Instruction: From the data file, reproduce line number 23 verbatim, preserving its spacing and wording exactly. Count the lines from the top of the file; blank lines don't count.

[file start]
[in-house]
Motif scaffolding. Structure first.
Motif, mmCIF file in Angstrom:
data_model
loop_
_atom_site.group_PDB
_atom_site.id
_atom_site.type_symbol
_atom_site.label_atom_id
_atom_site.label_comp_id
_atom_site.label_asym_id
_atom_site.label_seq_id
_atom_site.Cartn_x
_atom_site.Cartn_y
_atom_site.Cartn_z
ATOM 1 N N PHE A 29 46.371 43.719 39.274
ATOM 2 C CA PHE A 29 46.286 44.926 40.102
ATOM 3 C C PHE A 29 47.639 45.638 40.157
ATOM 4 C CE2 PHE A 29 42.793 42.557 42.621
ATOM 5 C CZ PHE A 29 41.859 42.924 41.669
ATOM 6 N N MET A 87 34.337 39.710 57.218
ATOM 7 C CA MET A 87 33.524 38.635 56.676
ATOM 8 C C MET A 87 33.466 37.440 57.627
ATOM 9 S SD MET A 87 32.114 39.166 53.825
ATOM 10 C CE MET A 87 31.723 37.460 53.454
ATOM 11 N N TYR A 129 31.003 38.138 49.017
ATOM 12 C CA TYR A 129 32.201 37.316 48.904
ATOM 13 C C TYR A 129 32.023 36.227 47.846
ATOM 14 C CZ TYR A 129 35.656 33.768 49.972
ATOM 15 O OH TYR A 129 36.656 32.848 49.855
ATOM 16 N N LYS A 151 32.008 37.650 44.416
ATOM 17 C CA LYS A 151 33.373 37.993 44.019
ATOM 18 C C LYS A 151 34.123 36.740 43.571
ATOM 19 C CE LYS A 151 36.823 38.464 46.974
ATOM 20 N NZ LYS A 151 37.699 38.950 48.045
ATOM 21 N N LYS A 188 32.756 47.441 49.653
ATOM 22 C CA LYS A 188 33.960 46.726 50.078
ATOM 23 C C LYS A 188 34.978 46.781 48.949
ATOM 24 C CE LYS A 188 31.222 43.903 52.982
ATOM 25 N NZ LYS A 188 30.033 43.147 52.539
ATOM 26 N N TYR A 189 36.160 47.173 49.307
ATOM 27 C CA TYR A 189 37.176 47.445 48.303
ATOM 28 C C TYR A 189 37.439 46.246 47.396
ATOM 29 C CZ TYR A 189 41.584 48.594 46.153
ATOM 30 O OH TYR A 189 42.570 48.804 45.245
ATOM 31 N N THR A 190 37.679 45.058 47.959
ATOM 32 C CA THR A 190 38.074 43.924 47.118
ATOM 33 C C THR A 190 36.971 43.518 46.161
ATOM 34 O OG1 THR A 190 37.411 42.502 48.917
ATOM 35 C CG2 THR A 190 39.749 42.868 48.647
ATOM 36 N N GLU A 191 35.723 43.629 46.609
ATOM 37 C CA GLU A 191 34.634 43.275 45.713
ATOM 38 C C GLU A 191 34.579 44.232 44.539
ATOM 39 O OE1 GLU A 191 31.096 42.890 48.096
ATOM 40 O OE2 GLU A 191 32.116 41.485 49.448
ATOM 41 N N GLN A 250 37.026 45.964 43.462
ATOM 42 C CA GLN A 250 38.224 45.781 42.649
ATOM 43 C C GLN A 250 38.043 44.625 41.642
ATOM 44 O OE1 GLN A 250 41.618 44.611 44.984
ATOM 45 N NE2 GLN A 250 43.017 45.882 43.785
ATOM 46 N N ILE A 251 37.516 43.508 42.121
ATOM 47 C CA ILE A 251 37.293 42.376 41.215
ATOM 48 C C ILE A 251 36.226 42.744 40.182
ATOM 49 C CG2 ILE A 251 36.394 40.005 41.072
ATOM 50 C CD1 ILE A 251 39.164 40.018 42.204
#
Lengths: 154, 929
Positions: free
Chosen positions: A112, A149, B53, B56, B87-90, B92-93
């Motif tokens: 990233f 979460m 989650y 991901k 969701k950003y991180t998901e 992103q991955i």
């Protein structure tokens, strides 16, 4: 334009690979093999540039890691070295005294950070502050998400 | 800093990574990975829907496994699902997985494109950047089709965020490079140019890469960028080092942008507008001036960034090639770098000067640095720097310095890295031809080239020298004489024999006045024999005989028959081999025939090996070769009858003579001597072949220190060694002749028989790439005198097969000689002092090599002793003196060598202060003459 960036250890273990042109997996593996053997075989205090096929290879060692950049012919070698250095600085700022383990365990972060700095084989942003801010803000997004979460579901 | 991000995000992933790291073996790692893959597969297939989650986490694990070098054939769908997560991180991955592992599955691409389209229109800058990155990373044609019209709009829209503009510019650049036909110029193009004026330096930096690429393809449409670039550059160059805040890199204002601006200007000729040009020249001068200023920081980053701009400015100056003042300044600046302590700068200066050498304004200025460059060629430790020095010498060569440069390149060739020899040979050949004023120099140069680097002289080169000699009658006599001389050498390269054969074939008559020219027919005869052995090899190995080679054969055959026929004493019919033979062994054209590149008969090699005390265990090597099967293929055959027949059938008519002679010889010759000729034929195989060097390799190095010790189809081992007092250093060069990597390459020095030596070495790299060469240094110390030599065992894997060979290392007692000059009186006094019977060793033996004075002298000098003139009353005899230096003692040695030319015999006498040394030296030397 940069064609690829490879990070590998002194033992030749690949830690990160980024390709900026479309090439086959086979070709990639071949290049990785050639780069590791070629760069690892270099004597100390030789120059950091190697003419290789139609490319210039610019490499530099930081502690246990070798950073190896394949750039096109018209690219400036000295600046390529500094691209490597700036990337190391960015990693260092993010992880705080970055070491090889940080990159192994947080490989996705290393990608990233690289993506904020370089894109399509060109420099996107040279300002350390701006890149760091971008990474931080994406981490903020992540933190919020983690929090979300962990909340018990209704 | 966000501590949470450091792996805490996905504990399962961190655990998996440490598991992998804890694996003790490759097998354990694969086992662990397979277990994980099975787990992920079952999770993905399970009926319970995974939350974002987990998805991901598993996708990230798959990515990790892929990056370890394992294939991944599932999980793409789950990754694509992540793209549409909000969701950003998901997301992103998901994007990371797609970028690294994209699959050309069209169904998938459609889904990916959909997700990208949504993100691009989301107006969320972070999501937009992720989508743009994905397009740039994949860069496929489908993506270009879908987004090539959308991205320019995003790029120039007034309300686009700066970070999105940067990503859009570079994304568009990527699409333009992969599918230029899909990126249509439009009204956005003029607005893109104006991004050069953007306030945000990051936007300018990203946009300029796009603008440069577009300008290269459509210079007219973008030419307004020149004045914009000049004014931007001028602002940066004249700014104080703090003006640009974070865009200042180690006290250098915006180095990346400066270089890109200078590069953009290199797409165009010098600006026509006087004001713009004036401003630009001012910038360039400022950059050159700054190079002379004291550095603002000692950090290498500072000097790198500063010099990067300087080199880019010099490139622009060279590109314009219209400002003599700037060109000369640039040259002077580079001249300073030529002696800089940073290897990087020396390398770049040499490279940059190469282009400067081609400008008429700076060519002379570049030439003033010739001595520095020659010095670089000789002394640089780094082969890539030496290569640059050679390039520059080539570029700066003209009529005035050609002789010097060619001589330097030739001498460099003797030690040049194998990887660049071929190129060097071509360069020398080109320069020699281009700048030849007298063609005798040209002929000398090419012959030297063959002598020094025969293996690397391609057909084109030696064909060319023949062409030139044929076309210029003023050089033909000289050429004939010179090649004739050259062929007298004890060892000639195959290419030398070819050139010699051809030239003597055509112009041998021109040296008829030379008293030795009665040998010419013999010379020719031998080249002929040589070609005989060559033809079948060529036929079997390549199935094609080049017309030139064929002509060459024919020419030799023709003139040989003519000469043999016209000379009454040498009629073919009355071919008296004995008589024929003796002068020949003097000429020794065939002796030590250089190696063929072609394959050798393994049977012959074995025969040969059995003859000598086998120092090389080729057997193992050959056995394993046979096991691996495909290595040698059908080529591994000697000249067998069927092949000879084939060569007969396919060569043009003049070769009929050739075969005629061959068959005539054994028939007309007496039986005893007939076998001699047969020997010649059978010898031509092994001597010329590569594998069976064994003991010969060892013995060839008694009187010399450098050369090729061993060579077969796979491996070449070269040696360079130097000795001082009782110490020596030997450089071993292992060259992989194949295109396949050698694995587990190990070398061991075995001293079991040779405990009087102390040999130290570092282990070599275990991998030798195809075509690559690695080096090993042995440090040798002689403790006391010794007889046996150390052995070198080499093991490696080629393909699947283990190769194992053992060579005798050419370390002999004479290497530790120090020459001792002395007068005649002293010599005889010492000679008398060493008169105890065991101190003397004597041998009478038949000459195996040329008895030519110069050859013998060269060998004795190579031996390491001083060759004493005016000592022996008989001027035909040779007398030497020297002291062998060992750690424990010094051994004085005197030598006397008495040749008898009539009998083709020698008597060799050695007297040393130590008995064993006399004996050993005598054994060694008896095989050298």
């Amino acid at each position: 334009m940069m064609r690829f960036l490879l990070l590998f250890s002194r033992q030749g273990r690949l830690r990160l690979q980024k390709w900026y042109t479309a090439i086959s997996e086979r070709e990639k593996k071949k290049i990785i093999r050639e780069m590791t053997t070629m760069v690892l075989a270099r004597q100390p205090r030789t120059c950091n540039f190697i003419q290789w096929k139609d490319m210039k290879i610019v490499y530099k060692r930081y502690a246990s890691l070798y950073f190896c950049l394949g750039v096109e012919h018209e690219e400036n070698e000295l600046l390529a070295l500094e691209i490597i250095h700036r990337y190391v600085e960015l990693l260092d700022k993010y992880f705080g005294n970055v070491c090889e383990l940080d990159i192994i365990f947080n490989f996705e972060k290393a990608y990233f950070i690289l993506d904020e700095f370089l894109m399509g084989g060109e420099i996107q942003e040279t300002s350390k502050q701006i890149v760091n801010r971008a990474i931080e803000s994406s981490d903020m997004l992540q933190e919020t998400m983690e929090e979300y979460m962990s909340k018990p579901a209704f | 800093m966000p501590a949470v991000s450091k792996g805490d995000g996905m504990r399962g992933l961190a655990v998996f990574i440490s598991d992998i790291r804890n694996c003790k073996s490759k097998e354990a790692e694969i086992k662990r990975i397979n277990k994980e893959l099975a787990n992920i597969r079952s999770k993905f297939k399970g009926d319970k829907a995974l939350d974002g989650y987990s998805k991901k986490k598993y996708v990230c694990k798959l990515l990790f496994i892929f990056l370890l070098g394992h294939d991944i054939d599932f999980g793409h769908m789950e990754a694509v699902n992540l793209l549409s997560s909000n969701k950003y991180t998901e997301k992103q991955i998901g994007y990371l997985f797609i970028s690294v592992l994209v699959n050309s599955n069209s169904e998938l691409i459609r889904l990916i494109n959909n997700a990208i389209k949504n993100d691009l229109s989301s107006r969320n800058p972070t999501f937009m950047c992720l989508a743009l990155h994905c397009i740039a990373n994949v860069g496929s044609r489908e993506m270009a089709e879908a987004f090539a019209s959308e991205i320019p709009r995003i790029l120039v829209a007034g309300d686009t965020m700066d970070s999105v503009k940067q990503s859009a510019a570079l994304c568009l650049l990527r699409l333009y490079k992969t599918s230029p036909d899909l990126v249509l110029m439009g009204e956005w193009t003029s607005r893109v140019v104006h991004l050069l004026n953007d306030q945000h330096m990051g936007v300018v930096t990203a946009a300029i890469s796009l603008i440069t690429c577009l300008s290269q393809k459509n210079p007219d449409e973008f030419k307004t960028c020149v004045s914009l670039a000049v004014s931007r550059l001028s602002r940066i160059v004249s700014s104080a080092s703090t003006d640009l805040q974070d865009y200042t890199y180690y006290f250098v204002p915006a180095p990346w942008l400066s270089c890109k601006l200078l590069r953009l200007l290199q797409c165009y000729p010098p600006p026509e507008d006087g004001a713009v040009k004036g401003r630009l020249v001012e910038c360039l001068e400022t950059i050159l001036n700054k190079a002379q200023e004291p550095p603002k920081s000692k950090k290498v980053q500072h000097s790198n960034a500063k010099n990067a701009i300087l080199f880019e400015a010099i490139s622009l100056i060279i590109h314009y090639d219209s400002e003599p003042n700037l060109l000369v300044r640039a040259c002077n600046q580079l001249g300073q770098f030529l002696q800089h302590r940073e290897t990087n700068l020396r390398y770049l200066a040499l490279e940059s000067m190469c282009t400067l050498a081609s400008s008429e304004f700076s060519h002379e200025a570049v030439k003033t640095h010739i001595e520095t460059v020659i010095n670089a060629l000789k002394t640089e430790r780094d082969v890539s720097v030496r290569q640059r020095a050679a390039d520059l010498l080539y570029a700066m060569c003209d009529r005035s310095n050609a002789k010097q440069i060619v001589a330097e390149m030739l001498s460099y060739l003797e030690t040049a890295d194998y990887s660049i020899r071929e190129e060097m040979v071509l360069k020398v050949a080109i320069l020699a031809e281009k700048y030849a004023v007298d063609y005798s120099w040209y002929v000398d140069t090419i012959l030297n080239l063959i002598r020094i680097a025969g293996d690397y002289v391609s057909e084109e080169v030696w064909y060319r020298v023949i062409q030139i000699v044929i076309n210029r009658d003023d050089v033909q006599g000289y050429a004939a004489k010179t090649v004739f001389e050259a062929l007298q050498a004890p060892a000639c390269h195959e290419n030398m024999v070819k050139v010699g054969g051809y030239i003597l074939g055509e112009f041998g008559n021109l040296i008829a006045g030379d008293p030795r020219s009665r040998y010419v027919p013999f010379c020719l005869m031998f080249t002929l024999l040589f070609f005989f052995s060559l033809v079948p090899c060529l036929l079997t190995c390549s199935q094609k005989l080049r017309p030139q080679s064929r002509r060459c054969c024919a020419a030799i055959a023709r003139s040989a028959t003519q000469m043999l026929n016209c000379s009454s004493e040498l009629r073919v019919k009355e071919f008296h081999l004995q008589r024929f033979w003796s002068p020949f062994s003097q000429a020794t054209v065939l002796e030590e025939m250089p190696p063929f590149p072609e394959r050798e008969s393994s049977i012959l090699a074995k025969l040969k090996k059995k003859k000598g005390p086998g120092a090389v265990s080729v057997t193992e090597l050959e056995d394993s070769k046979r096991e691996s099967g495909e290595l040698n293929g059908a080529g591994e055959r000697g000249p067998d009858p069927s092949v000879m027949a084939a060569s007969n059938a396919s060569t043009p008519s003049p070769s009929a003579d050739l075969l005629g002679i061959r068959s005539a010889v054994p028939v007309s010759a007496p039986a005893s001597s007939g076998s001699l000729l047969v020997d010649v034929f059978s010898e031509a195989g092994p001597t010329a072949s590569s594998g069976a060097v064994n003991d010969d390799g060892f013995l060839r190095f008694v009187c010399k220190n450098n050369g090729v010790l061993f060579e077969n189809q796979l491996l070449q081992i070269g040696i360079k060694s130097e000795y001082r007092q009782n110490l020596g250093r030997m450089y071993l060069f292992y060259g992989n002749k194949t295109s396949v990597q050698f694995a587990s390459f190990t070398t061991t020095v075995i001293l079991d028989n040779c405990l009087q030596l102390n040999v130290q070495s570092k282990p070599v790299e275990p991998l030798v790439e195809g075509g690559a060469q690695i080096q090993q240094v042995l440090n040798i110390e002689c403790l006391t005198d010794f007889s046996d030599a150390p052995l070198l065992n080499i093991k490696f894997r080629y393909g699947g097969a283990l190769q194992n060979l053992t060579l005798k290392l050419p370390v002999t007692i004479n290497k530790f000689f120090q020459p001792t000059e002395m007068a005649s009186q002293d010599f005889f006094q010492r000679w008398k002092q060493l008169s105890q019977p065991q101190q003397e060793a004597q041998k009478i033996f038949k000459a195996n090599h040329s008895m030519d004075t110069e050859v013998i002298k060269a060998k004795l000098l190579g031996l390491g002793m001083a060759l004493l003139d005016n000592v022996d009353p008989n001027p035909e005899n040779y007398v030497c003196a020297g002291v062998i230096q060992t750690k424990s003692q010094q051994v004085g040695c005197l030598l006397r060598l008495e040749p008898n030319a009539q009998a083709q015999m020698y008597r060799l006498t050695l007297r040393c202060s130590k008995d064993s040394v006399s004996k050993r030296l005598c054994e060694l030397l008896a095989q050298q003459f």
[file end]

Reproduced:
ATOM 8 C C MET A 87 33.466 37.440 57.627